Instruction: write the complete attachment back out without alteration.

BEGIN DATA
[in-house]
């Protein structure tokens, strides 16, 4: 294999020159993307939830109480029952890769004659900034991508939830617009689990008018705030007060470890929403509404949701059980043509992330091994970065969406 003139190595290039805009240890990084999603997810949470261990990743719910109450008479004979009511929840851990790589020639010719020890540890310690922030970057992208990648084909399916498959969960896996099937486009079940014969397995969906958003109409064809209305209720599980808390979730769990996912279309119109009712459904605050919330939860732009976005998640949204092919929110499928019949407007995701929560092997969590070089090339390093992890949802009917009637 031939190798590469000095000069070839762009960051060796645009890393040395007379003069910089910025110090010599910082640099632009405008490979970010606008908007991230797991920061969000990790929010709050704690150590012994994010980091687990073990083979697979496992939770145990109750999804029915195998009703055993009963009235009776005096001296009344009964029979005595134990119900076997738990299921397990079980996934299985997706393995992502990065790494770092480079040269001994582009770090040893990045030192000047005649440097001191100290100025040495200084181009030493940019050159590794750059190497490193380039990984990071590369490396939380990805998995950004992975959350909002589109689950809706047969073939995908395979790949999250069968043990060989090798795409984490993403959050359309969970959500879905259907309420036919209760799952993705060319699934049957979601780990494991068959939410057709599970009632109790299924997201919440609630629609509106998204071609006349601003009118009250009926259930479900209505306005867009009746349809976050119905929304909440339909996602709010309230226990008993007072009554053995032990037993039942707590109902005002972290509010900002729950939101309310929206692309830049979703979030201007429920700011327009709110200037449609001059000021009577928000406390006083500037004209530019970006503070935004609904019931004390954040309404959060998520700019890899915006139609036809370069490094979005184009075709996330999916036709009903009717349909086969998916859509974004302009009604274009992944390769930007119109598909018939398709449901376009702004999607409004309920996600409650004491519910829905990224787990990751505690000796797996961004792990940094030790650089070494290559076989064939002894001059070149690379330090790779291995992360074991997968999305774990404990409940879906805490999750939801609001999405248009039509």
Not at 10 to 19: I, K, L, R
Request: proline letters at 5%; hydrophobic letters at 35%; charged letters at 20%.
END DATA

[in-house]
């Protein structure tokens, strides 16, 4: 294999020159993307939830109480029952890769004659900034991508939830617009689990008018705030007060470890929403509404949701059980043509992330091994970065969406 003139190595290039805009240890990084999603997810949470261990990743719910109450008479004979009511929840851990790589020639010719020890540890310690922030970057992208990648084909399916498959969960896996099937486009079940014969397995969906958003109409064809209305209720599980808390979730769990996912279309119109009712459904605050919330939860732009976005998640949204092919929110499928019949407007995701929560092997969590070089090339390093992890949802009917009637 031939190798590469000095000069070839762009960051060796645009890393040395007379003069910089910025110090010599910082640099632009405008490979970010606008908007991230797991920061969000990790929010709050704690150590012994994010980091687990073990083979697979496992939770145990109750999804029915195998009703055993009963009235009776005096001296009344009964029979005595134990119900076997738990299921397990079980996934299985997706393995992502990065790494770092480079040269001994582009770090040893990045030192000047005649440097001191100290100025040495200084181009030493940019050159590794750059190497490193380039990984990071590369490396939380990805998995950004992975959350909002589109689950809706047969073939995908395979790949999250069968043990060989090798795409984490993403959050359309969970959500879905259907309420036919209760799952993705060319699934049957979601780990494991068959939410057709599970009632109790299924997201919440609630629609509106998204071609006349601003009118009250009926259930479900209505306005867009009746349809976050119905929304909440339909996602709010309230226990008993007072009554053995032990037993039942707590109902005002972290509010900002729950939101309310929206692309830049979703979030201007429920700011327009709110200037449609001059000021009577928000406390006083500037004209530019970006503070935004609904019931004390954040309404959060998520700019890899915006139609036809370069490094979005184009075709996330999916036709009903009717349909086969998916859509974004302009009604274009992944390769930007119109598909018939398709449901376009702004999607409004309920996600409650004491519910829905990224787990990751505690000796797996961004792990940094030790650089070494290559076989064939002894001059070149690379330090790779291995992360074991997968999305774990404990409940879906805490999750939801609001999405248009039509």
Not at 10 to 19: I, K, L, R
Request: proline letters at 5%; hydrophobic letters at 35%; charged letters at 20%.